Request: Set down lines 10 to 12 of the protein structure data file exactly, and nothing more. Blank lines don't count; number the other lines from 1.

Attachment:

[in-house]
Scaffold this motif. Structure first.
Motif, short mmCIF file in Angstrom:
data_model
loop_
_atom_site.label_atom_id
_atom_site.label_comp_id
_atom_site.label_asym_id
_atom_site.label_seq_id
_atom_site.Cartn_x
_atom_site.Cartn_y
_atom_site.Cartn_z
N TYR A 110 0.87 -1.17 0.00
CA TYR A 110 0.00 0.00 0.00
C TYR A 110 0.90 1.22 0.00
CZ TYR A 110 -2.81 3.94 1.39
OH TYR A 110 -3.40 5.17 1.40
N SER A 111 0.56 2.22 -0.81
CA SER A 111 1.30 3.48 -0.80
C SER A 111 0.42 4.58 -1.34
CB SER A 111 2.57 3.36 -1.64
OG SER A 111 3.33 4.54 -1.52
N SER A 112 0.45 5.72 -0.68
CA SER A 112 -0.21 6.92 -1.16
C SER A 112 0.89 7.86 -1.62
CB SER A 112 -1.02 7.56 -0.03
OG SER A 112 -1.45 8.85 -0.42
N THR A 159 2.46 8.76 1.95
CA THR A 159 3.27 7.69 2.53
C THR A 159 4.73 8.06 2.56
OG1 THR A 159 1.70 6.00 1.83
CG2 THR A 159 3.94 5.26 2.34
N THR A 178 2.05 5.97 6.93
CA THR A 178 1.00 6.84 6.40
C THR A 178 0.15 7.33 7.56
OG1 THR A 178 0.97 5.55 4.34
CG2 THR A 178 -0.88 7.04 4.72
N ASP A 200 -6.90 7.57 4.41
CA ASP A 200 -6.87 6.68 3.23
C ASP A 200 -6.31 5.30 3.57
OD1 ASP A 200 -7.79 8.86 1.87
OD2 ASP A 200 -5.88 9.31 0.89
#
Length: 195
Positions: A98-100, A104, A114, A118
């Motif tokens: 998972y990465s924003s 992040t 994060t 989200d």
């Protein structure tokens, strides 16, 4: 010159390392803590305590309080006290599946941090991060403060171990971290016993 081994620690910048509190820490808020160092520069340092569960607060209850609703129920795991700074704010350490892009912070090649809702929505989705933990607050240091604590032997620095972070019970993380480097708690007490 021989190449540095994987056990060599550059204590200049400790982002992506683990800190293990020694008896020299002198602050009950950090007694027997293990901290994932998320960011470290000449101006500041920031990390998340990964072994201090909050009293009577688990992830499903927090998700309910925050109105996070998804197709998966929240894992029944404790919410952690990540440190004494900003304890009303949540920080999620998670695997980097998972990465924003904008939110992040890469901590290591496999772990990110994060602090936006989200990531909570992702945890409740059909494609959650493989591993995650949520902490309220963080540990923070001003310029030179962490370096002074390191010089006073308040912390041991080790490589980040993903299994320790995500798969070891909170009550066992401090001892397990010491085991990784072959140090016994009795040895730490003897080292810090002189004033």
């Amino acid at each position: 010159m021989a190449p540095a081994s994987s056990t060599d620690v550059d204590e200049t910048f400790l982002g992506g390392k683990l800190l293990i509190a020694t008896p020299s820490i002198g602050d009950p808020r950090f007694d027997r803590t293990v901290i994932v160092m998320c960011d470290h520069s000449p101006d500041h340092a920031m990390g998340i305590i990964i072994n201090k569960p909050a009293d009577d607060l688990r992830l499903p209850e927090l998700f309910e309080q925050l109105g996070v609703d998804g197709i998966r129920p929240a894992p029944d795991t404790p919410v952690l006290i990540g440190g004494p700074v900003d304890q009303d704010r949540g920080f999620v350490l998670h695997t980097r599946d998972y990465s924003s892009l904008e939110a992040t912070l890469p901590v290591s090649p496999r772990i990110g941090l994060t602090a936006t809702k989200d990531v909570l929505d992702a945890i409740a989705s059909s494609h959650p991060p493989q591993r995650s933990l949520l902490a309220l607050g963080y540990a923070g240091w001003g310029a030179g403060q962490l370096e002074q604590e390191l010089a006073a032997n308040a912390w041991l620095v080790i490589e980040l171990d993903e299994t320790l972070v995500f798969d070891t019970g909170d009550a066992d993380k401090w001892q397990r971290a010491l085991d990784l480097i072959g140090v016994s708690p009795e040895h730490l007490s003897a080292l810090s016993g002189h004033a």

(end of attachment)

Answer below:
_atom_site.Cartn_x
_atom_site.Cartn_y
_atom_site.Cartn_z